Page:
S.e.x. is just one of those awkward topics. Not that it should be, or has to be. But it is. However, like anything else that is awkward, if you push past the initial ‘did you really say that out loud’ feeling, it’s not that bad.
Having five children, now ages 10 through 17, we’ve been around that bend a few times. In fact, for those of you who are truly skittish about the topic, you may want to avoid a casual dinner at the Metzger’s house. You may lose your appetite if the ‘taboo topic’ surfaces. It isn’t an everyday occurrence, but it happens, now and then. Just often enough to horrify those who think such conversations should be left for the week before the wedding.
So what should we tell our kids, and when? What is appropriate? What should they find out the week before the wedding? Or, more accurately, what should we pretend they don’t know by age twelve, of fourteen or eighteen?
Whether it’s bathroom talk, or exploring, in some secret place, children know far more than many parents think they do. The only thing that’s worse than no information, is wrong information with no healthy teaching. And that is what silence affords countless kids in today’s world. Particularly those in Christian cultures, especially those in private schools and ‘closed culture’ circles.
Think back to your experience. How old were you when you first knew about sex. Not necessarily ‘what’ it is, but about it. The intrigue. The fascination with the difference between male and female. The way a woman’s tummy gets big and round and then, miraculously, smaller right after the stork drops off a baby. And then there are animals, doing ‘it’ shamelessly in public–how old before you figured that one out?
My point is that kids know things. Some adults pretend they don’t in order to avoid the awkward truth about s.e.x. and ‘that’ talk. Realistically, if we figured anything out before age sixteen, our kids will likely know as much at age ten or twelve, as we knew at sixteen. And if they don’t learn it from us first, they will likely have a warped view of it.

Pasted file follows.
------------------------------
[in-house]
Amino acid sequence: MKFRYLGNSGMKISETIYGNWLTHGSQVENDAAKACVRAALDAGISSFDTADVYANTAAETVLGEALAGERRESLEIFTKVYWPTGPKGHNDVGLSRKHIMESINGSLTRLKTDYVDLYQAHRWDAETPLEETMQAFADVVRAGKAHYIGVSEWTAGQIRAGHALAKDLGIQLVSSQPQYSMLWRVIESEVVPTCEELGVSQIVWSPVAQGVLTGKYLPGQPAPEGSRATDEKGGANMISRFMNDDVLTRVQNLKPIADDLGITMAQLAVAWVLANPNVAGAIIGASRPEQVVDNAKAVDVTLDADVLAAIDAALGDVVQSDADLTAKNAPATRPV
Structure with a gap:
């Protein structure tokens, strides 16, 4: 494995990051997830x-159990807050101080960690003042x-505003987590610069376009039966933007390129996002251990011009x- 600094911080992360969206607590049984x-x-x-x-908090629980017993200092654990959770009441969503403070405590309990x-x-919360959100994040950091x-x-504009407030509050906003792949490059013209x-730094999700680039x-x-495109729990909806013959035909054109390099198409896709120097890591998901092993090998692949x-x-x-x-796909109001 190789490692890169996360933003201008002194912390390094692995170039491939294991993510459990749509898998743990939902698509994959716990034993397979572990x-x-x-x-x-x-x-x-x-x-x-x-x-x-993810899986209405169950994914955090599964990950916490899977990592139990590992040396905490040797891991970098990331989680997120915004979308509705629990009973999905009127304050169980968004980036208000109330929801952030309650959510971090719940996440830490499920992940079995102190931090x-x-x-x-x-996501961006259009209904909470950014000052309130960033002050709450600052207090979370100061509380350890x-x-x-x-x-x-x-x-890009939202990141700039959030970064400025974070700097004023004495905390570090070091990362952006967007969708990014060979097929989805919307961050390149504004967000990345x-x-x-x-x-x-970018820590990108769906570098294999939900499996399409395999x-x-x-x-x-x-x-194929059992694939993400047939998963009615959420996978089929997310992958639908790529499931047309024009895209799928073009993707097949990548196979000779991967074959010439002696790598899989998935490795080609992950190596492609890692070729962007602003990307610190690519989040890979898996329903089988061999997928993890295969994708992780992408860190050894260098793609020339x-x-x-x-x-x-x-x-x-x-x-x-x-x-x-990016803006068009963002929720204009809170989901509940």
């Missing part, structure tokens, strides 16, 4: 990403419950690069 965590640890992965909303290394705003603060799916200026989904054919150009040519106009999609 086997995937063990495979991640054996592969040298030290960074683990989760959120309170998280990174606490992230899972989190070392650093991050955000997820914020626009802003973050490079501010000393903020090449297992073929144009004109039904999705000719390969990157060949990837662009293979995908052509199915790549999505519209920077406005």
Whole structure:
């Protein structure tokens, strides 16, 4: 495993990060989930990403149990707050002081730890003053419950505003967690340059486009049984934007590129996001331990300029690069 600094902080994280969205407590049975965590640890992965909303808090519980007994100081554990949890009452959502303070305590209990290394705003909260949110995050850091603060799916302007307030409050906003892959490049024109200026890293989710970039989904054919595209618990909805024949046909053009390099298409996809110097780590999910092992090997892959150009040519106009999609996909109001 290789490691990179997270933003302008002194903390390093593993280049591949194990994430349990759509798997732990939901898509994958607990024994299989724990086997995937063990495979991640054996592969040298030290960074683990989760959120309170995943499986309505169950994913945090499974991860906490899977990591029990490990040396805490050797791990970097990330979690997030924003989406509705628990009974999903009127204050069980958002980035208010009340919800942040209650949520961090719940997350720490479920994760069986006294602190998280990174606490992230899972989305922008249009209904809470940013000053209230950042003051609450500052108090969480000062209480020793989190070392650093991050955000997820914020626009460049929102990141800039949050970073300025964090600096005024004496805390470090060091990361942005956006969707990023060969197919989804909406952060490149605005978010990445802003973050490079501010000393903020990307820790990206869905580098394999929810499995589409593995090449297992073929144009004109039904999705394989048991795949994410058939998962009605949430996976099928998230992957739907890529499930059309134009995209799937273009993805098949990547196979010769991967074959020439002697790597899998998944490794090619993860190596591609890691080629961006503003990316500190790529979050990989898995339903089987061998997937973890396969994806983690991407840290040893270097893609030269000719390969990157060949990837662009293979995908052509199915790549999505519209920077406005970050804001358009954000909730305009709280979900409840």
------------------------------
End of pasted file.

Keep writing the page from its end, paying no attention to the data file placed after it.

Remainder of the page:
If ever there was a time and an era when kids need to hear the truth about sex, and long before they get married, it is now. It isn’t possible to take the family to the grocery store, let alone the mall, without being confronted by it, so we might as well push past the discomfort and give our kids the truth–God’s pure, unadulterated truth–and equip them for life in an over-sexualized world. If we think it was bad when we were young–for those of us over thirty-five–it has not gotten better.
We owe it to our children to teach them well. It will help them protect themselves from abuse, and will give them good reason to wait for marriage to enjoy sex within the confines of God’s plan.
And, yes, I do believe this is still the best option in the twenty-first century. And do-able, if we equip our families. Old fashioned? Not in my opinion–or God’s. But, either way, the alternative is not a risk I am willing to take. I will endure the awkward moments to equip my family the best I know how, so they can make wise choices and, by the grace of God, manage well the wonder of their sexuality.
S.E.X…. What do you tell your kids? The truth. They deserve it! They’ll figure it out either way, one way or another. The advantage to you telling them is that it wins trust and equips them for life if you tell them.
© Trudy Metzger
Return to 1st post in Sexual Abuse Series